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Jean Sibelius (1865-1957)
Karelia Suite, Op. 11 (1893) [15:33]
En Saga, Op. 9 (1892) [17:47]
Pohjola’s Daughter, Op. 49 (1906) [14:12]
Swan of Tuonela, Op. 22, No. 3* (1895) [8:17]
Finlandia, Op. 26, No. 7 (1899) [8:02]
Atlanta Symphony Orchestra/Yoel Levi
* Patrick McFarland (English horn)
rec. 8 February, 16, 18 May 1992, Woodruff Memorial Arts Centre, Atlanta, Georgia
TELARC CD-80320 [64:32]


 


As luck would have it I’ve auditioned several excellent Telarc discs recently, two of them featuring the Atlanta Symphony Orchestra under Robert Spano and Donald Runnicles. The Spano includes Christopher Theofanidis’ terrific Rainbow Body, the Runnicles a mix of Wagner and Richard Strauss. In both cases I felt the music making and the recordings were up to the usual standards of the house, so I approached this all-Sibelius disc with high hopes.

The Karelia Suite, written for a ‘patriotic pageant’, dates from 1899 and has one of the most atmospheric openings around. Immediately I was struck by the recessed recording, the distant bass growl growing to that glorious flag-waving climax on the brass. It’s a breathtaking, majestic moment and one expects the music to blaze forth from the speakers. Regrettably, it doesn’t. In fact Levi’s tempi seem way too leisurely throughout, so that essential forward thrust is quickly lost. By comparison, Vladimir Ashkenazy and the Philharmonia on a Decca twofer (4525762) generate all the excitement and splendour this music demands. And where Telarc usually scores in terms of sonics I have to say the brighter, more forward Decca recording suits this music very well indeed. The set also includes En Saga, Pohjola’s Daughter, Luonnotar, Tapiola, Night Ride and Sunrise and Four Legends from the Kalevala.

I wondered how the longer, more brooding En Saga would fare. It certainly has some haunting horn playing and Stygian brass but again that all-important drive is missing. Even the ‘big tune’ - dramatically underpinned by the bass drum - sounds like a run-through. In fact this piece made me think of Mahler, not in terms of soundscape but of pulse. In the case of both composers their music succumbs very quickly if the conductor doesn’t find that life-giving beat under the skin. Sir Colin Davis finds it; Ashkenazy does, too. Unfortunately Levi doesn’t.

Originally Sibelius gave Pohjola’s Daughter the title Väinämöinen after the character in the Kalevala (the Finnish national epic) but his German publisher Robert Lienau was less keen, insisting on the title we know today. The trademark Sibelian sonorities are there and the music has some impressive moments, but for a work that taps into Nordic legend it’s surprisingly short on incident. That said, Sir Colin Davis makes a more convincing job of it in his LSO Live disc (LSO 0105) coupled with the 2nd Symphony. It is also available in a splendid SACD version (LSO 0605).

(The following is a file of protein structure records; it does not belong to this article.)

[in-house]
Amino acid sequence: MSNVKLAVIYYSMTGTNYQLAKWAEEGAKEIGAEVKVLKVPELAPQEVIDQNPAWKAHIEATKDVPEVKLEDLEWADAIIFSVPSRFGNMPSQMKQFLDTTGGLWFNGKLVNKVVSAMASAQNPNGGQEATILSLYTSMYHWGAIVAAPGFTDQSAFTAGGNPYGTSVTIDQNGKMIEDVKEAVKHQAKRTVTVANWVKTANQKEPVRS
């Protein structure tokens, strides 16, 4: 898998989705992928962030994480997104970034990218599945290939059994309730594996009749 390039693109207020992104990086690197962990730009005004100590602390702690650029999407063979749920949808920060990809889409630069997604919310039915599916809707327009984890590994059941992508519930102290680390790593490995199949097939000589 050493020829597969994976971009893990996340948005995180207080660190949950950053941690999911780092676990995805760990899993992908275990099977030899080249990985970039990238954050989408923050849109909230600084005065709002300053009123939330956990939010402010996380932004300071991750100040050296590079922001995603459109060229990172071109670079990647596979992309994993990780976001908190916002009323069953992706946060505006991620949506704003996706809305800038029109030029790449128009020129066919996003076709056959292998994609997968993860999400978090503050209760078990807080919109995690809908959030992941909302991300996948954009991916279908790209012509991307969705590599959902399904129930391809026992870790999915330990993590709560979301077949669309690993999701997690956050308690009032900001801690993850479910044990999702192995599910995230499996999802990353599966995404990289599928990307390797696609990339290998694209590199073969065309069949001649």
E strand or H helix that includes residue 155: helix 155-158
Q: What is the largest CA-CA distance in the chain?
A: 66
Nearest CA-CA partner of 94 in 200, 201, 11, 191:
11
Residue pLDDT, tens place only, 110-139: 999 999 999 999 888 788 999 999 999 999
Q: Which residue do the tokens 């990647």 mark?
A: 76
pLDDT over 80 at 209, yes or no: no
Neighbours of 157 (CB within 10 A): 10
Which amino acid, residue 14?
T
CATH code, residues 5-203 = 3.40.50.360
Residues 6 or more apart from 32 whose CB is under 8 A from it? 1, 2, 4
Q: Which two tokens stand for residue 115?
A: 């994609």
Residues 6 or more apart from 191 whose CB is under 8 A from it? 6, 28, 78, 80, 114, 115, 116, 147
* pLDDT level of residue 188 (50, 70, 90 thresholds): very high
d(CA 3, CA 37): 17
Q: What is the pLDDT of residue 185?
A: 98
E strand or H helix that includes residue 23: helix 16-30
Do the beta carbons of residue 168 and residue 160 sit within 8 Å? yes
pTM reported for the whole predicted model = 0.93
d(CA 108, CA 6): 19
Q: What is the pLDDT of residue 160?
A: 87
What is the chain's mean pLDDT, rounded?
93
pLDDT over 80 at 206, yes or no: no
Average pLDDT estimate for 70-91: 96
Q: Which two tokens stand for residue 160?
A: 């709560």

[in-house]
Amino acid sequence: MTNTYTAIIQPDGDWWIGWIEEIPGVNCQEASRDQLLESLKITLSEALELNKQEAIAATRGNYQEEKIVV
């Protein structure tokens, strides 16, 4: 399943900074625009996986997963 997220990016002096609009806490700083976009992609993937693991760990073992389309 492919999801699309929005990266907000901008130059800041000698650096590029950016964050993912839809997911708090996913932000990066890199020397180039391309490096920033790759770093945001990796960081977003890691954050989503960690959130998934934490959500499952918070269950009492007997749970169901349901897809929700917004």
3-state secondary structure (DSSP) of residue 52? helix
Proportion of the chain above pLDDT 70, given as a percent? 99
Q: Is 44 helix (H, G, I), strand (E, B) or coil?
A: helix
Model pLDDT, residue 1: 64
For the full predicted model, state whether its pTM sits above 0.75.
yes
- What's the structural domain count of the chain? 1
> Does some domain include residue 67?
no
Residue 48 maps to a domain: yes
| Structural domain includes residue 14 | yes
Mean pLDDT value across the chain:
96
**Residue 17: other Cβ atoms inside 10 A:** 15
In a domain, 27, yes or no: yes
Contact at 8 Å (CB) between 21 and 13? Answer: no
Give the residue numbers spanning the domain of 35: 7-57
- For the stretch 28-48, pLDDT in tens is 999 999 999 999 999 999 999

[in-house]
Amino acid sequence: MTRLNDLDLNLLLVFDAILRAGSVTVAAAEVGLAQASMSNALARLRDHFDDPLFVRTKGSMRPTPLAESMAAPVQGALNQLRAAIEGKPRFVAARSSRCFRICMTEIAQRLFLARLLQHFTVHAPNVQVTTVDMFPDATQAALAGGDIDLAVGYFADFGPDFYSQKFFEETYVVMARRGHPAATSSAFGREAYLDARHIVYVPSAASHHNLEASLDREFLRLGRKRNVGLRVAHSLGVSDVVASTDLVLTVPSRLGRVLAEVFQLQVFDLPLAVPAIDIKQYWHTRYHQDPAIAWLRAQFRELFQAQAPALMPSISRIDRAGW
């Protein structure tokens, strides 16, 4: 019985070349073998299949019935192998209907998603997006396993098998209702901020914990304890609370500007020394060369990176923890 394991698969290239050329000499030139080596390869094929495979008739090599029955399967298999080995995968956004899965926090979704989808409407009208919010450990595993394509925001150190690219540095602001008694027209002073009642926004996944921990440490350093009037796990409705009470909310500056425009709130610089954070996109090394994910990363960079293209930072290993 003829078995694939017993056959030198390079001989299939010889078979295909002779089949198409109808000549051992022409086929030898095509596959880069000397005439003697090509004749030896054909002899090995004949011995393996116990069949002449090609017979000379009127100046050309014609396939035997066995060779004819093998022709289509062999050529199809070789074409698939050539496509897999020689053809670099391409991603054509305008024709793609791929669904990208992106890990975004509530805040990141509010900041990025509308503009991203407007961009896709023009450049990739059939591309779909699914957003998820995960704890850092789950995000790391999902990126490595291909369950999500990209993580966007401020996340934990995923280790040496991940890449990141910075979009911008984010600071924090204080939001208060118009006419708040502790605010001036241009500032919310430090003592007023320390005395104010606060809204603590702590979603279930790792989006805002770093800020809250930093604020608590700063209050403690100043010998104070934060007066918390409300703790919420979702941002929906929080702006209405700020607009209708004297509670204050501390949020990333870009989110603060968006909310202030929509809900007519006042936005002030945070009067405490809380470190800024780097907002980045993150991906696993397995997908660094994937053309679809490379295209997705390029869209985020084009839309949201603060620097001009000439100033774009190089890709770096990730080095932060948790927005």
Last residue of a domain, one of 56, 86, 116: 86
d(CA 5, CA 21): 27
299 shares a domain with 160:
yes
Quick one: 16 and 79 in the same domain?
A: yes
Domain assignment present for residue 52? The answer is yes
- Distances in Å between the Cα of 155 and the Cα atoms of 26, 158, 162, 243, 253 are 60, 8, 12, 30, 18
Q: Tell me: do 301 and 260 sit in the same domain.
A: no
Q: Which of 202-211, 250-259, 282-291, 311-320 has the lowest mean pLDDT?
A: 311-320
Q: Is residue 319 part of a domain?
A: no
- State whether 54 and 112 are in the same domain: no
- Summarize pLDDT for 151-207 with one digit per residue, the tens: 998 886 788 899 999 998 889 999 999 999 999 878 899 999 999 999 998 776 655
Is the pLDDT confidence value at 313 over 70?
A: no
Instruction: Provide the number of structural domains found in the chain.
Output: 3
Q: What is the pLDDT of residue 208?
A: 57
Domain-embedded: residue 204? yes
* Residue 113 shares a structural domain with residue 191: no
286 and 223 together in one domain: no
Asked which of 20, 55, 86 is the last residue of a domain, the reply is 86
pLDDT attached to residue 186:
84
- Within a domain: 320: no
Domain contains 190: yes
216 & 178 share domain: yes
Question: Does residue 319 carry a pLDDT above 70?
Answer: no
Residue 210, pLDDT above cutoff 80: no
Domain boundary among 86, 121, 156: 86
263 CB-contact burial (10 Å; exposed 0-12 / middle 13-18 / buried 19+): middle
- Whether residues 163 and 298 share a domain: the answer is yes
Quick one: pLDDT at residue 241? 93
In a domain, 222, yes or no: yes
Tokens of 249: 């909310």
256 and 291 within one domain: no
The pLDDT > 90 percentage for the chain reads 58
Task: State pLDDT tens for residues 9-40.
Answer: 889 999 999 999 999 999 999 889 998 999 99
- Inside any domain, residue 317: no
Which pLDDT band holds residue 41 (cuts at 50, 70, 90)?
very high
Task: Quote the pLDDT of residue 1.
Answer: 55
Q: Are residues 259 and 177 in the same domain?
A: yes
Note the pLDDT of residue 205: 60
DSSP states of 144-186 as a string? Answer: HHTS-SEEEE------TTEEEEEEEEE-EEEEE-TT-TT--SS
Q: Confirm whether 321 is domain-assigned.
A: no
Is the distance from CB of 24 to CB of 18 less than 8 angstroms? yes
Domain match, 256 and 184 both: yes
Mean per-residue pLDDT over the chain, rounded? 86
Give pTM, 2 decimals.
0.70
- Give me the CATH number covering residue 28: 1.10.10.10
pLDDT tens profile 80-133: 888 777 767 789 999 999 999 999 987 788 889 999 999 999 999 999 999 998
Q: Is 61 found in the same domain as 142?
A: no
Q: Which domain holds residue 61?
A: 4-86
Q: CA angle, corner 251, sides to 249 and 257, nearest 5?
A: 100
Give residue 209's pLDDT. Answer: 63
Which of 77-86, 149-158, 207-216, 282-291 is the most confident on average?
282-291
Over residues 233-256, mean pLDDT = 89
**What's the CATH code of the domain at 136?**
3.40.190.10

The Swan of Tuonela was originally composed in 1893 as the prelude to a projected Wagnerian opera called The Building of the Boat but Sibelius recast it two years later as the second part of the Four Legends from the Kalevala, Op. 22. Scored for strings and harp, plus a solo for English horn, it depicts the mythical swan gliding around Tuonela, the island of the dead. There is some lovely muted playing from the strings and a fine (if somewhat distant) contribution from Patrick McFarland on the English horn, but for all that it remains a rather detached reading.

Finlandia, probably Sibelius’s most overtly nationalistic piece, is something of an orchestral showpiece. The opening brass chords are well captured, although the timps seem curiously muffled. There should be a real sense of craggy grandeur here, of soaring peaks and ever-widening vistas, but the piece remains stubbornly earthbound. Again Ashkenazy is in a different league; the Philharmonia brass and percussion play as if possessed and the recording has splendid glitter and bite. The final moments of this great score should be spine-tingling in their cumulative power and weight (as indeed they are under Ashkenazy) but regrettably the Atlanta band just doesn’t rise to the occasion.

On the face of it this is a desirable disc, bringing together some of Sibelius’s best known tone poems and incidental music, but the truth is that these pieces are much, much better played elsewhere. Sir Colin Davis’s idiomatic Sibelius is self-recommending - as with Berlioz, this conductor really has an affinity with Sibelius that shines through every bar. Ashkenazy is perhaps a little uneven in this repertoire, but his Karelia and Finlandia are firm favourites of mine.

So, a chance for both orchestra and engineers to shine but these readings are generally uninspiring and probably won’t bear repeated listening. Given the band’s more recent successes under Spano and Runnicles one can only assume the Atlantans were not at their very best in the early 1990s. In short, a golden opportunity sadly missed.

Dan Morgan

 

 


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